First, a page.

Therapeutic efficacy was assessed in vivo in immunocompromised NOD/SCID mice grafted with MDA-MB-231 cells. Tumor volume was calculated based on caliper measurements and treatment commenced (Day 0) when tumors reached a volume of approximately 0.05 cm3, at which point vehicle, soluble DOX or MAG-ARA/DOX were injected through the tail vein. On day 7, MAG-ARA/DOX-treated mice already had a statistically significant therapeutic advantage over vehicle and DOX-treated counterparts. After a second dose on Day 7, mice were monitored through Day 14 at which point the experiment was terminated. Similarly to Day 7, MAG-ARA/DOX-treated mice displayed smaller tumor size (Fig. 2b). Beside smaller tumor size, these mice presented a better overall survival with 29/29 mice being alive on Day 14, while only 7/28 and 16/24 treated with vehicle and DOX, respectively survived through the end of the experiment. Survival was independent of initial tumor size on Day 0 (not shown). While vehicle-treated mice presumably died of tumor complications, we cannot exclude the possibility that DOX-treated animals died of a combination of drug toxicity and tumor burden. Our results clearly indicate that MAG-ARA/DOX, while not toxic, deliver sufficient DOX to contain tumor growth. The combination of reduced toxicity and increased efficacy of MAG-ARA/DOX NPs can only be explained by the excellent cell penetration properties of the polyarabic coating in combination with the highly biocompatible nature of the NPs, facilitated by PEG2000, and the FA-mediated tumor cell recognition.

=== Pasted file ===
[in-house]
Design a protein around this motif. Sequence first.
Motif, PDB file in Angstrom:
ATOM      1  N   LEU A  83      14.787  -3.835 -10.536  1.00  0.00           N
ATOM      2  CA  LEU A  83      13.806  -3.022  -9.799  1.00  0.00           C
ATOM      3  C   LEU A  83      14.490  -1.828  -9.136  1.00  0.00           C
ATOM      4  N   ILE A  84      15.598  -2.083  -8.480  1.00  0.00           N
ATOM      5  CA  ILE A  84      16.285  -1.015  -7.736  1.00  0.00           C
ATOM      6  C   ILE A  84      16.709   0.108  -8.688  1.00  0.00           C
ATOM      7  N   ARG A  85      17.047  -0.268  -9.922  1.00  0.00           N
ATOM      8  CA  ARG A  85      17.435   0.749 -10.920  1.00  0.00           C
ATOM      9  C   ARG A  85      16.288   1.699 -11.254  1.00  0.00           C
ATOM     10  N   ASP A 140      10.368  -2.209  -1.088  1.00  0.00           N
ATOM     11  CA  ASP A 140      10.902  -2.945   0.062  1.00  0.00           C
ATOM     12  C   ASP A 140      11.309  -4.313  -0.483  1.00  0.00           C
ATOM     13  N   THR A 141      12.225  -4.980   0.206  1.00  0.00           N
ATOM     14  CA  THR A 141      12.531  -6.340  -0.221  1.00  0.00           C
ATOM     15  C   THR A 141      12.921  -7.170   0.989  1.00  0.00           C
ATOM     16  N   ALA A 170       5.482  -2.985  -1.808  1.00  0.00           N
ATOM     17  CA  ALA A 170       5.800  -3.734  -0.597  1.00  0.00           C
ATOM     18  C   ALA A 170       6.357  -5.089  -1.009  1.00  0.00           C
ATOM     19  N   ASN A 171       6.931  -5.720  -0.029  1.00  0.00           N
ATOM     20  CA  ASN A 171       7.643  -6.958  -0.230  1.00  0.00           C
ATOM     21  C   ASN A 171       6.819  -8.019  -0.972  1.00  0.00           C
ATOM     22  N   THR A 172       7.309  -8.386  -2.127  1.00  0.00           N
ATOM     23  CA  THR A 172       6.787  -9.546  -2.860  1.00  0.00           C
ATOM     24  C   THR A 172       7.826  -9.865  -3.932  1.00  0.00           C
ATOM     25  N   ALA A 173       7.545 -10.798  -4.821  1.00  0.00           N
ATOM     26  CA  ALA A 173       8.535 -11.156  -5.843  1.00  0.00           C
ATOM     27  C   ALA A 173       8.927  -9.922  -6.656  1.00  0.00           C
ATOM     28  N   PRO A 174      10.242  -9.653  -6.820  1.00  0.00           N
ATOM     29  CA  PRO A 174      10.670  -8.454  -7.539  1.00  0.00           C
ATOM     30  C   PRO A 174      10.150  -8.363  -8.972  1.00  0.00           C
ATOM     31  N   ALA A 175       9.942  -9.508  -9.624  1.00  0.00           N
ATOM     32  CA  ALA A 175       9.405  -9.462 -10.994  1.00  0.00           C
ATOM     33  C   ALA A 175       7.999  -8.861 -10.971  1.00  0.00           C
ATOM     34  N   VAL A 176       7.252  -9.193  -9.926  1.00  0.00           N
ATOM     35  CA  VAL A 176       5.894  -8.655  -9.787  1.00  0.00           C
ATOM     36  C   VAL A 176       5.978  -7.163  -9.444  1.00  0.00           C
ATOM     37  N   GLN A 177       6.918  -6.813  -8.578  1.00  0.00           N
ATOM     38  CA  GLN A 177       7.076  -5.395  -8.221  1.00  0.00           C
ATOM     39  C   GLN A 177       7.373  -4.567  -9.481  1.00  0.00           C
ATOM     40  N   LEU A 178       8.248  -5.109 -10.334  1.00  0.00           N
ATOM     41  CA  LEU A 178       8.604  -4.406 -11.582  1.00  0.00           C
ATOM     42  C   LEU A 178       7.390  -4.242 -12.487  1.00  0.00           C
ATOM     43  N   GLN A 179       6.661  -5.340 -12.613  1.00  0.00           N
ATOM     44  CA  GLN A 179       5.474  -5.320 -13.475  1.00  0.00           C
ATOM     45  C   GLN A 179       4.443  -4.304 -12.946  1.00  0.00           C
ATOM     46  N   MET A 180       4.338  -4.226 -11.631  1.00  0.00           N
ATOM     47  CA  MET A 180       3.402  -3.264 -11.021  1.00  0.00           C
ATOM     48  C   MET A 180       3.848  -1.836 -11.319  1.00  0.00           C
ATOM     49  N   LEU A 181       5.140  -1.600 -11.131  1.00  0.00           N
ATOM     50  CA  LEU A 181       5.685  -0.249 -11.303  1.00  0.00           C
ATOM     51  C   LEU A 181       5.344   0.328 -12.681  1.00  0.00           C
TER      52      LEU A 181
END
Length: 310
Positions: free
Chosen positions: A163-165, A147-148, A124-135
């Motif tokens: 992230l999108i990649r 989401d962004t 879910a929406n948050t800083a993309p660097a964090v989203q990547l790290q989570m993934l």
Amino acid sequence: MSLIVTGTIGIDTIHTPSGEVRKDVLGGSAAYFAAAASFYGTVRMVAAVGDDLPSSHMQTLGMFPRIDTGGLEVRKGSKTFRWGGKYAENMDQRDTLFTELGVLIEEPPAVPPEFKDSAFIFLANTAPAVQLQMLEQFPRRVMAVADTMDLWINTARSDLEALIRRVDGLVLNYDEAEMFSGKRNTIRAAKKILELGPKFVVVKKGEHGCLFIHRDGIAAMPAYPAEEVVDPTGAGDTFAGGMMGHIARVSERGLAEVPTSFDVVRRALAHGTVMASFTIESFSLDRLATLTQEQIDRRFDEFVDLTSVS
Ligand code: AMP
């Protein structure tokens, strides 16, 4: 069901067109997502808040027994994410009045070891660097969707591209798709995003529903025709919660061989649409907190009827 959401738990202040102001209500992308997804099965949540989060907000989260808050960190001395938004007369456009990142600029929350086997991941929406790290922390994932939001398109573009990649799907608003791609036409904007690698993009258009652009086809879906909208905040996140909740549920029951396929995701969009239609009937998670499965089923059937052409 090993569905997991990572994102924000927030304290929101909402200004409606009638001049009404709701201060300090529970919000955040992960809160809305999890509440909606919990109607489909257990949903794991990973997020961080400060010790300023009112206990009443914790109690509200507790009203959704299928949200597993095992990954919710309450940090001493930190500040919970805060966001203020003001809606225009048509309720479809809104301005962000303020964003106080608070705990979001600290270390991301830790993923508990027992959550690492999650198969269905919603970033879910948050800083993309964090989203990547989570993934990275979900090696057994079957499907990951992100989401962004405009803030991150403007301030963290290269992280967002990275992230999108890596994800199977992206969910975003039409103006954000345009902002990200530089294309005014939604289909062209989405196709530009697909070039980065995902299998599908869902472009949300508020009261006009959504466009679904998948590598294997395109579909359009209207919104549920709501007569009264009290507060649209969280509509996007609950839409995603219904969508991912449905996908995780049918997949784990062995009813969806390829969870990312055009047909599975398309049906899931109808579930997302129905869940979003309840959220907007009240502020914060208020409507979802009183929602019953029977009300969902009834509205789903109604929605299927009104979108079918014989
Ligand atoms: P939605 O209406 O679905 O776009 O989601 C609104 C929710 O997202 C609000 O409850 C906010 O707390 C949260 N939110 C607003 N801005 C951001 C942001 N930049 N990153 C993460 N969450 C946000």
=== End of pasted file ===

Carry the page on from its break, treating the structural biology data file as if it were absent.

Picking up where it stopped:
### MAG-ARA NPs as contrast agents in MRI

To investigate whether MAG-ARA NPs can be used as imaging agents within the field of a clinical MRI, dispersions of MAG-ARA and the commercially available contrast agent Dotarem were injected into tumor-bearing mice and visualized in a General Electric Signa HDxt 1.5 Tesla clinical MRI. Regions of Interest (ROI) were selected and signal-to-noise ratio (SNR) calculations were performed (Fig. 3). Based on SNRs, contrast-to-noise ratios (CNR) pre- and post-contrast calculated values were 7.87 and 5.11, for Dotarem and MAG-ARA respectively, indicating that MAG-ARA NPs can be used as contrasting agents with comparable to Dotarem results.